I've been in Atlanta for several years, but prior to that, I lived in St. Louis, with a kick-ass NPR affiliate. KWMU was one of the best NPR stations I've had the pleasure to listen to, and I listened to it throughout college. Why?
Check out the lineup: 1-3, Talk Of The Nation. 3-4, Fresh Air. 4-6:30, All Things Considered. 6:30-7, Marketplace. 7-12, Repeats of Talk Of The Nation, Fresh Air, and usually another program. And then at midnight, BBC World Service overnight. Weekends had pretty much everything you could want: My Word, Car Talk, Whadda Ya Know, and a ton of other entertaining, fun programs, much of it local. I was in hog heaven.
This morning, I got up and once again cursed the fact I live in Atlanta, purely on the existence of Lois Reitzes on our NPR station. Why?
Let's start with the fact that she trills.
Yes: trills. There is no other accurate word for it. She sounds precisely like someone who has decided that she must educate all us heathens on the wonderfulness of Bach (pronounced "Bac...hHHHH"). Her voice reminds me of a matron of an upper class crust household with nothing better to do than "give back to the poor, benighted little people". It literally makes me want to toss the radio across the room, I'm so besotted with condescending good will. (And it doesn't help when the person whom I'm linking to says "... and her job is to save us from ourselves.")
Then, there's the number of hours: "Six hours of classical music, back to back." That's six hours from 9-3. There's more after 8, and overnight it's all classical.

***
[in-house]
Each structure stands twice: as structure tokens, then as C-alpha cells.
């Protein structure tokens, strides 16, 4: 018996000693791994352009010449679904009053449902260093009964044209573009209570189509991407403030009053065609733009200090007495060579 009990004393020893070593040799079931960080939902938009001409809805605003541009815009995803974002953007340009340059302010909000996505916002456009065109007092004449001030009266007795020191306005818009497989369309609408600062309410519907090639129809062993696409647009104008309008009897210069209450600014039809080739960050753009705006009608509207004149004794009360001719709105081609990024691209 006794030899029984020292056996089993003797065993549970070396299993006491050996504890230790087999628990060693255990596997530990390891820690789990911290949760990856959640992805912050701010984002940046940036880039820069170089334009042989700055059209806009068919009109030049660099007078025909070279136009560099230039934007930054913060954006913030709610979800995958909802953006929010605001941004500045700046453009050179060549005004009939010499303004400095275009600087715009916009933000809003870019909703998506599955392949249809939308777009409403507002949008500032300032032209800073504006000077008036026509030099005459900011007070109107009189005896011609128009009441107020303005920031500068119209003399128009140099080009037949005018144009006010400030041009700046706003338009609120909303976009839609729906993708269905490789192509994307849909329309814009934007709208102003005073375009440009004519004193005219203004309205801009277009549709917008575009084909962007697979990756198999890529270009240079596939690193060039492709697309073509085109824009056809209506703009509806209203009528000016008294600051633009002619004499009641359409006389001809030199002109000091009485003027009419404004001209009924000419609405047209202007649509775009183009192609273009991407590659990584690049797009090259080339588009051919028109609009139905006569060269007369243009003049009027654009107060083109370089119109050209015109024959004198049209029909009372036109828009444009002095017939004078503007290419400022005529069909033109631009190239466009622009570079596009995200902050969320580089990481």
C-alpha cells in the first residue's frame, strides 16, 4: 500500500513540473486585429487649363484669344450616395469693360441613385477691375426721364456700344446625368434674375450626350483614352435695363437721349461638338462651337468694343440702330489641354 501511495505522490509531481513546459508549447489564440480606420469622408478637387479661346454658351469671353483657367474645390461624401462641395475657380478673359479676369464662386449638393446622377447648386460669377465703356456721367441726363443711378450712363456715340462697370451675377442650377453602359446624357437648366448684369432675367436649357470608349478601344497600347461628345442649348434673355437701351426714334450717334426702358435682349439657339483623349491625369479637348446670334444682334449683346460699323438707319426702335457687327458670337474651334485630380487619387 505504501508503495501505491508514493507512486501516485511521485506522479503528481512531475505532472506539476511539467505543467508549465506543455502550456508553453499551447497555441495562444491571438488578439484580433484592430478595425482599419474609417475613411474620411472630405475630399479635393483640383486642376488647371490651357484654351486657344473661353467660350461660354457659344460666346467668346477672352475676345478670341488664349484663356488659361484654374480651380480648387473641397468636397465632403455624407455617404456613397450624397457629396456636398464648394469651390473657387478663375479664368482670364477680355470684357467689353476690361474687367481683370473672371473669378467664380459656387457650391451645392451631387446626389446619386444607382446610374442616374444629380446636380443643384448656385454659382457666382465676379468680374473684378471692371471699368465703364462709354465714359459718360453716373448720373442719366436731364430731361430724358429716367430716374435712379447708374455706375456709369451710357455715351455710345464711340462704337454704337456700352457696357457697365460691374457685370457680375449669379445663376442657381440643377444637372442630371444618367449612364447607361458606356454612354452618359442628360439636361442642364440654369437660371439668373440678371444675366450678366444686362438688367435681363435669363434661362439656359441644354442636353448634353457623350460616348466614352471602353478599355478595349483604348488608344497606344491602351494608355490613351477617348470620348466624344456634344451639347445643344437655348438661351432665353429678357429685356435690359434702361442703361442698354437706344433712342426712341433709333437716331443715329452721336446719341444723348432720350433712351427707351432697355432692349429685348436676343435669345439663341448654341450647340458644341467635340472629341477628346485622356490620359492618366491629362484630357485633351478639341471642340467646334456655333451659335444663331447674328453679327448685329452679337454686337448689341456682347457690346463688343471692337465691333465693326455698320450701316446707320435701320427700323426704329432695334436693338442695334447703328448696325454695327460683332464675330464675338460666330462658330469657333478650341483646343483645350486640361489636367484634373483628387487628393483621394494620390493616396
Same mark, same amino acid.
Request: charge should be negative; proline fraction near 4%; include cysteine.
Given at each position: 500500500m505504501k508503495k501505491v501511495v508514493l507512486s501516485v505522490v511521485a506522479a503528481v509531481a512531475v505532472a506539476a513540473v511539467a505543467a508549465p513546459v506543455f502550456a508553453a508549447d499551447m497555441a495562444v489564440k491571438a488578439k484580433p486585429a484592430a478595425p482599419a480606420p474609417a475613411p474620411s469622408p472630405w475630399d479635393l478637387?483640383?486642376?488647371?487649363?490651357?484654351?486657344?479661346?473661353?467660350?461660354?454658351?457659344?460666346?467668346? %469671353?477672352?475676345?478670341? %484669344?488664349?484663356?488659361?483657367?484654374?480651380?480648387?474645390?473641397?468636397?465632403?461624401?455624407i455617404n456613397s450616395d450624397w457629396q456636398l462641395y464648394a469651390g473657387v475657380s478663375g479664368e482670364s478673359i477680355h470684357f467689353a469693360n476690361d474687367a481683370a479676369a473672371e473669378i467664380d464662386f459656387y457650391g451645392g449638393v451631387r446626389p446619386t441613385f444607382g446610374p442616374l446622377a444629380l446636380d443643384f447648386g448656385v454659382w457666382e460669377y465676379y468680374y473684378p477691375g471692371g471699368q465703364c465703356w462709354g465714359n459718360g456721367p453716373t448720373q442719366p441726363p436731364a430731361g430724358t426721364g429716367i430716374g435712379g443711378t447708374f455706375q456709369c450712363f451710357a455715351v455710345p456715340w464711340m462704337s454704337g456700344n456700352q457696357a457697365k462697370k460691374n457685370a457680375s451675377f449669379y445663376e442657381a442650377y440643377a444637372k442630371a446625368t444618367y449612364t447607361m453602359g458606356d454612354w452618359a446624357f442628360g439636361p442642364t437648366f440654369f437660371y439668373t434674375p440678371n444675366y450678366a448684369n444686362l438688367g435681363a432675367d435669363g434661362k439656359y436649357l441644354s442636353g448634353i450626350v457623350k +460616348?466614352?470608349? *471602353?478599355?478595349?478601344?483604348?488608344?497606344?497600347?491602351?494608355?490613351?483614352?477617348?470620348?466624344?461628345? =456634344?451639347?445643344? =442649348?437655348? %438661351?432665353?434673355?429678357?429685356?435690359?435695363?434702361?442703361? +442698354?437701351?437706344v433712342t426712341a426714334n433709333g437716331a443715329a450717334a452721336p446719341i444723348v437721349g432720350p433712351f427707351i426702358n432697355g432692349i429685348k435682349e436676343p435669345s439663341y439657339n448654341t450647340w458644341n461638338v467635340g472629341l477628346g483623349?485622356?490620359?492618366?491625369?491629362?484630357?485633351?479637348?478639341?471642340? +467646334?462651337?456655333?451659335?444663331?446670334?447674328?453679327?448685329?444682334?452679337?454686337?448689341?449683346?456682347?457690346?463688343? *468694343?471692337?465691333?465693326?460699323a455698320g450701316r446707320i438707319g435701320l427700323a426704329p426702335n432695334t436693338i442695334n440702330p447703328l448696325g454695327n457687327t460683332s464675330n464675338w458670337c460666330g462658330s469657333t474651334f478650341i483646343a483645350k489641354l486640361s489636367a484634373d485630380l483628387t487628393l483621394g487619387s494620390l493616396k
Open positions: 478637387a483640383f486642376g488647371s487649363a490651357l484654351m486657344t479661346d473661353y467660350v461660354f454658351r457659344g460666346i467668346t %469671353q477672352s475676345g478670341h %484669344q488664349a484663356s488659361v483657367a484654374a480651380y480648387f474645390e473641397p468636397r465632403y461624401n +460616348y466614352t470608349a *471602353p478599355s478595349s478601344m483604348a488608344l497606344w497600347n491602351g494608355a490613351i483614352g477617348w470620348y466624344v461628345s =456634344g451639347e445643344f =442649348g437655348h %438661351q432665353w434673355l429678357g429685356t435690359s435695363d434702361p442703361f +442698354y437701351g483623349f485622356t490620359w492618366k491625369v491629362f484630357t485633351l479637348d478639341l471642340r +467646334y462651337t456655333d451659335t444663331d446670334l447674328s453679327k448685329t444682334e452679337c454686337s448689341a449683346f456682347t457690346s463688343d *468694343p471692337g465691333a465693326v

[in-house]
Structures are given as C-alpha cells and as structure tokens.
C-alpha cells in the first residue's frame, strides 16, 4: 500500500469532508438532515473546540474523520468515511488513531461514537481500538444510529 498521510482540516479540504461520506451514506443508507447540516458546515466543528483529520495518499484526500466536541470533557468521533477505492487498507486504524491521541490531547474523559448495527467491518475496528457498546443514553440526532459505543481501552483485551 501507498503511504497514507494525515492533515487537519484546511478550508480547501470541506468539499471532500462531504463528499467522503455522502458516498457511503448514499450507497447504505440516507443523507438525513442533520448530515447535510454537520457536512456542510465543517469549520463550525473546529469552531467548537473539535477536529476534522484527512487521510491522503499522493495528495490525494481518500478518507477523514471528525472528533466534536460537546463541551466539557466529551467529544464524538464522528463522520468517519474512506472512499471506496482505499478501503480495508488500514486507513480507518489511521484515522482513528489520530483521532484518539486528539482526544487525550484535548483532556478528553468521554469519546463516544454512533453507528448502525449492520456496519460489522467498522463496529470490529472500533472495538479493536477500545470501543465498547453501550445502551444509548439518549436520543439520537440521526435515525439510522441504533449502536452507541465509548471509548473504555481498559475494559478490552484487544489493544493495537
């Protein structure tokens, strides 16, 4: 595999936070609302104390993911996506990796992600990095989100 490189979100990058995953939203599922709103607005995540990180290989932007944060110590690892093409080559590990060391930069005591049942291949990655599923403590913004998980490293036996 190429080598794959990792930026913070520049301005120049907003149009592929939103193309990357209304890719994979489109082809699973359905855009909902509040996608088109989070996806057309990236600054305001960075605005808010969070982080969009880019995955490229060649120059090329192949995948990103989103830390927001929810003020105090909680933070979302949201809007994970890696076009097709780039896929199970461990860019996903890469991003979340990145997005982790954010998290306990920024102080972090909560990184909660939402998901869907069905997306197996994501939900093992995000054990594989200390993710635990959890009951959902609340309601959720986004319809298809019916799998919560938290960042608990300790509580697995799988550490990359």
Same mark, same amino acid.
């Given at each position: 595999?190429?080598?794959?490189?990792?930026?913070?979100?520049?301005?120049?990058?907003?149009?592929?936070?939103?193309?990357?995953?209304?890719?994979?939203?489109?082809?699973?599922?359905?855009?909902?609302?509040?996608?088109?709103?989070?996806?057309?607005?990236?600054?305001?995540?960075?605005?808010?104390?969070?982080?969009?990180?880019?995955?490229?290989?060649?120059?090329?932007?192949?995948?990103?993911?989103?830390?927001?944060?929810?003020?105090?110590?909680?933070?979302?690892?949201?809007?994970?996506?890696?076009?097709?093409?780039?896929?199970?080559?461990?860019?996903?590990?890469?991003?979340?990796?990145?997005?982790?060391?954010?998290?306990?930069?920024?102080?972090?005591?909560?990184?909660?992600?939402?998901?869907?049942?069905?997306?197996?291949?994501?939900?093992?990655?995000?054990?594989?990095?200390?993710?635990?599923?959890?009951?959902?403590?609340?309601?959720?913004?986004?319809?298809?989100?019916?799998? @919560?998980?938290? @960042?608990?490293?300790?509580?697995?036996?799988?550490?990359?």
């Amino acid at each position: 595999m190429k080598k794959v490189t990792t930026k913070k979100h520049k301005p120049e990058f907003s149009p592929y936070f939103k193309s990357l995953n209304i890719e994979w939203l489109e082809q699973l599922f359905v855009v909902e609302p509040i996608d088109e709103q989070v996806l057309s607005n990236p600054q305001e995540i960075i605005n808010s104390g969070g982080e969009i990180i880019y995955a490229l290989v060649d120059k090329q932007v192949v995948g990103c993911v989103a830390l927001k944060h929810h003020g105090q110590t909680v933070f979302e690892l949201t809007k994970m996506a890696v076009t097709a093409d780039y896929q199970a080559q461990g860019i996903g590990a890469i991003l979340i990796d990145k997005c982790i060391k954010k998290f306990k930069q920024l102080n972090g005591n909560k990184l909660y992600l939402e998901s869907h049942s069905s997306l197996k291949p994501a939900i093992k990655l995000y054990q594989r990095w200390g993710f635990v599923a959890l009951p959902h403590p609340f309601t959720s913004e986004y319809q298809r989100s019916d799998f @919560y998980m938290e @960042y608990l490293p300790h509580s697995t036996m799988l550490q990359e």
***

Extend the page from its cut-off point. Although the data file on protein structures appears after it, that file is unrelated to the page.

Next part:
For chrissakes, I can stand six hours straight of only a few things. Six hours of classical music is nuts. I've got nothing against classical music, really. It's not my cup of tea, but I do love some pieces: "Rodeo" has always stirred me into a reverie, and Mozart's Fifth still gives me chills. Six hours of it would kill me.
I'd complain about the strange attitude that anything post-1960 is contemporary (one morning I heard a list of 5 movie scores, and was shocked to hear that this was Ms. Reitzes' way of being "with it".) but in classical music terms, I suppose it is. Think about this, though: three were done before I was born, and the other two were made before I went to school.
And then add to the fact that she's the programming director as well? Yes, I can do without Lois Reitzes.
This is not a battle. Less people are listening to classical; more want news. So in the end, when the pledges don't come in because people like me won't send in cash to be told, as if I were five, how wonderful six hours of music I can't stand will be, things will change.Posted by Ted Stevko at June 16, 2005 02:20 AM | TrackBack